Dangerous side effects are the primary reason that heavy drinkers are highly encouraged to seek medical attention as soon as possible.
Withdrawal symptoms typically follow a common timeline:
6 – 12 hours post-ingestion
- Nausea and vomiting
12 – 24 hours post-ingestion
- Hand tremors
48 hours post-ingestion
- Delirium tremens
- Tactile, auditory and visual hallucinations
- High fever and excessive sweating
- High blood pressure
Post-Acute Withdrawal Syndrome (PAWS)
Even after the initial rounds of withdrawal symptoms have come and gone some individuals may still suffer from prolonged effects. Those who continue to experience these issues suffer from Post-Acute Withdrawal Syndrome (PAWS).
PAWS can make life very difficult for post-recovery patients. The effects can be felt for as short as a few weeks and as a long as a year.
The most common symptoms associated with PAWS are:
- Irritability and emotional outbursts
- Delayed reflexes
- Low energy
- Trouble sleeping
- Increased accident proneness
- Memory problems
Interestingly enough most addicts who have tried to give up alcohol may be very familiar with the effects of PAWS but just don’t have a name to pin to the symptoms that they experience. Typically PAWS symptoms will last within the time frame of four to six weeks after an individual has given up drinking. Only the most severe cases span months on end.
Safely Treating Alcohol-Related Withdrawal Symptoms
Alcohol recovery is never a straightforward affair for recovering addicts. One moment you may be suffering from a nausea attack and the next you’re experiencing a skull-pounding headache. Withdrawal symptoms are known for their temperamental nature. Their tendency to swing erratically makes them unpredictable when it comes to treatment.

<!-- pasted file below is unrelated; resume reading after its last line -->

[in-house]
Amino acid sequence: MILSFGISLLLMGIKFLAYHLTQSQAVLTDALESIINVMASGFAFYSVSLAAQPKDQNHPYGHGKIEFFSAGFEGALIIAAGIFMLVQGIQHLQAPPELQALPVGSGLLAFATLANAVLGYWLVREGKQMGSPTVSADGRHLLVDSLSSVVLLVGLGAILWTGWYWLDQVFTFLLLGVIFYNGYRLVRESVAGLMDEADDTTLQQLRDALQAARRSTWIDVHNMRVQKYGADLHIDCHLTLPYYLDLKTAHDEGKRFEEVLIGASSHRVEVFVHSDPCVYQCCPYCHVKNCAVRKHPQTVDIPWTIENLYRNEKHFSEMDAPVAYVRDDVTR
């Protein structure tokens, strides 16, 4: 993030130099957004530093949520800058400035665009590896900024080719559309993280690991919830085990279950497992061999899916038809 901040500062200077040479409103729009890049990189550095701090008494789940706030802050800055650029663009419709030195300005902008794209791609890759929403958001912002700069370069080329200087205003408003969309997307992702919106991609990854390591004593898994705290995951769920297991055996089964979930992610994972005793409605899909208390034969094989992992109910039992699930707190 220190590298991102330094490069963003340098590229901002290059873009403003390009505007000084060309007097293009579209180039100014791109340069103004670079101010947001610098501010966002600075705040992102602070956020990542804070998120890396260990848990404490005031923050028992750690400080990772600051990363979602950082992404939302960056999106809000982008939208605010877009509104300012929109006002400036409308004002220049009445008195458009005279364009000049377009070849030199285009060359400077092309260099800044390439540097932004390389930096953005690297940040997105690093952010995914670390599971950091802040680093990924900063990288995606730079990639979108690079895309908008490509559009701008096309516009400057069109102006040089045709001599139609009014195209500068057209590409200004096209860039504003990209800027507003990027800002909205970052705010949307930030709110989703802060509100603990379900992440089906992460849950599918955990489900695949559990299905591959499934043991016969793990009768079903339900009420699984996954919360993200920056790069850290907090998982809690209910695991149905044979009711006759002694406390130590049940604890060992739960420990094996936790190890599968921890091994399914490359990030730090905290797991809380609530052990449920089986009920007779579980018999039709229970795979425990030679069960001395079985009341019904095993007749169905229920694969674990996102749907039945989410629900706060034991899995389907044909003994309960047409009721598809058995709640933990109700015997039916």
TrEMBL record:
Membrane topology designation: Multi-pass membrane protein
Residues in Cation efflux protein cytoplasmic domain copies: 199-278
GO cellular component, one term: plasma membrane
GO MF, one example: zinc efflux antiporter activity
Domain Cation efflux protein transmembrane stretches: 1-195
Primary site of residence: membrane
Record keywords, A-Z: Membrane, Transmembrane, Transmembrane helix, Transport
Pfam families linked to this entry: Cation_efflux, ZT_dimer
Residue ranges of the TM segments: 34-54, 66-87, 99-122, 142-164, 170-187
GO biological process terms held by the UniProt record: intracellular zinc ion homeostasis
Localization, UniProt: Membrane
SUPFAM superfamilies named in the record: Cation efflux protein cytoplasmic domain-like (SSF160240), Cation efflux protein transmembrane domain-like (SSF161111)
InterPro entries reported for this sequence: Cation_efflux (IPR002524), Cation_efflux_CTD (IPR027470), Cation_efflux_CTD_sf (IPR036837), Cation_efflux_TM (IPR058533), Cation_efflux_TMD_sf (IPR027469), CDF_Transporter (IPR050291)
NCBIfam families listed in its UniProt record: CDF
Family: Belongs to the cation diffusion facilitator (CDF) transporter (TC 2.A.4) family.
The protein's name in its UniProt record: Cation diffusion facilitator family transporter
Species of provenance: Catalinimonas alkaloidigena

Despite this, there are many professionals trained to take these problems head-on and prescribe the most effective treatment no matter how small or large the withdrawal symptoms.
Rehabilitation facilities designed to treat recovering alcoholics are still the best option because the patient can receive multiple levels of care. Not only can they be treated for the pain they may be experiencing but they’ll also receive counseling to aid them along the path to recovery.
Each person in rehab may have a different history of abuse and may receive specialized treatment. Treatment options include:
Specially trained counselors sit one on one with a patient and help that person through the rigors of alcohol rehabilitation. Counselors dig deep and try to identify the factors that led to the alcohol abuse and try to coach the patient on how to live an alcohol-free life.
Outpatient treatment is geared for the patients who deal with less severe forms of alcohol abuse. They’re allowed to go about their daily lives.
Tackling recovery on your own is never a good idea. Recovery groups like Al-Anon and Alcoholics Anonymous are designed to help addicts maintain their sobriety by meeting with other recovering addicts in a similar situation thus creating a highly effective support system.
Some withdrawal symptoms can be debilitating and completely distracting from the recovery process. Medication-assisted therapy specializes in drugs that suppress alcohol withdrawal symptoms which allows the patient to focus on their recovery process.
The end of the alcohol withdrawal stage will not be the end of your treatment. You will then transition into other programs, treatments and activities. Continued treatment is designed to help you maintain sobriety for the long term and live a balanced life post-rehab.